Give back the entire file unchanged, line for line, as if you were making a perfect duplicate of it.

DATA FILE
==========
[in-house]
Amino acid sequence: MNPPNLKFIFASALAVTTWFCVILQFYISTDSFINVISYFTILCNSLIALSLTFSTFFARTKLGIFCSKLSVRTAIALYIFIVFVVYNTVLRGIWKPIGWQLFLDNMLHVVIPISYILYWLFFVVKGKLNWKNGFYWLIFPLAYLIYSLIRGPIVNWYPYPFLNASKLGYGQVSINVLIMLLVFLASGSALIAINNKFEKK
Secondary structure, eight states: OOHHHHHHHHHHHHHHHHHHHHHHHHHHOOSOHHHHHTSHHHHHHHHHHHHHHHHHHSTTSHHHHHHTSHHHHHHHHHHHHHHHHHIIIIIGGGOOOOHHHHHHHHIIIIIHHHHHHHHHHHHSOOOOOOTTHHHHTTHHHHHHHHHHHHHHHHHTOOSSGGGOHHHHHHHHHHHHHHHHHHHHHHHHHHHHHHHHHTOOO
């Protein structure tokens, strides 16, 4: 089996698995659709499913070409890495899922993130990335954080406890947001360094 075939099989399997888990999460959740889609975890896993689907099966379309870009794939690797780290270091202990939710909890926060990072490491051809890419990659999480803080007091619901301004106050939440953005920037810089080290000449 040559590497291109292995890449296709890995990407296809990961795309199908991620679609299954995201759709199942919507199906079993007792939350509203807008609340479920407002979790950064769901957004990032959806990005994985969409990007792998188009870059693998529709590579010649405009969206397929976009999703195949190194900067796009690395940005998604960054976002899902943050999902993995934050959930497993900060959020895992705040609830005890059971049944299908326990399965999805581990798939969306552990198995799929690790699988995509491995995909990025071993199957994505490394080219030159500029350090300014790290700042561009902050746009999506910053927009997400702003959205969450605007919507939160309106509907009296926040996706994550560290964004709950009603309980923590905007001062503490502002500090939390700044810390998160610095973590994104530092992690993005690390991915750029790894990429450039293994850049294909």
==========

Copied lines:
[in-house]
Amino acid sequence: MNPPNLKFIFASALAVTTWFCVILQFYISTDSFINVISYFTILCNSLIALSLTFSTFFARTKLGIFCSKLSVRTAIALYIFIVFVVYNTVLRGIWKPIGWQLFLDNMLHVVIPISYILYWLFFVVKGKLNWKNGFYWLIFPLAYLIYSLIRGPIVNWYPYPFLNASKLGYGQVSINVLIMLLVFLASGSALIAINNKFEKK
Secondary structure, eight states: OOHHHHHHHHHHHHHHHHHHHHHHHHHHOOSOHHHHHTSHHHHHHHHHHHHHHHHHHSTTSHHHHHHTSHHHHHHHHHHHHHHHHHIIIIIGGGOOOOHHHHHHHHIIIIIHHHHHHHHHHHHSOOOOOOTTHHHHTTHHHHHHHHHHHHHHHHHTOOSSGGGOHHHHHHHHHHHHHHHHHHHHHHHHHHHHHHHHHTOOO
């Protein structure tokens, strides 16, 4: 089996698995659709499913070409890495899922993130990335954080406890947001360094 075939099989399997888990999460959740889609975890896993689907099966379309870009794939690797780290270091202990939710909890926060990072490491051809890419990659999480803080007091619901301004106050939440953005920037810089080290000449 040559590497291109292995890449296709890995990407296809990961795309199908991620679609299954995201759709199942919507199906079993007792939350509203807008609340479920407002979790950064769901957004990032959806990005994985969409990007792998188009870059693998529709590579010649405009969206397929976009999703195949190194900067796009690395940005998604960054976002899902943050999902993995934050959930497993900060959020895992705040609830005890059971049944299908326990399965999805581990798939969306552990198995799929690790699988995509491995995909990025071993199957994505490394080219030159500029350090300014790290700042561009902050746009999506910053927009997400702003959205969450605007919507939160309106509907009296926040996706994550560290964004709950009603309980923590905007001062503490502002500090939390700044810390998160610095973590994104530092992690993005690390991915750029790894990429450039293994850049294909």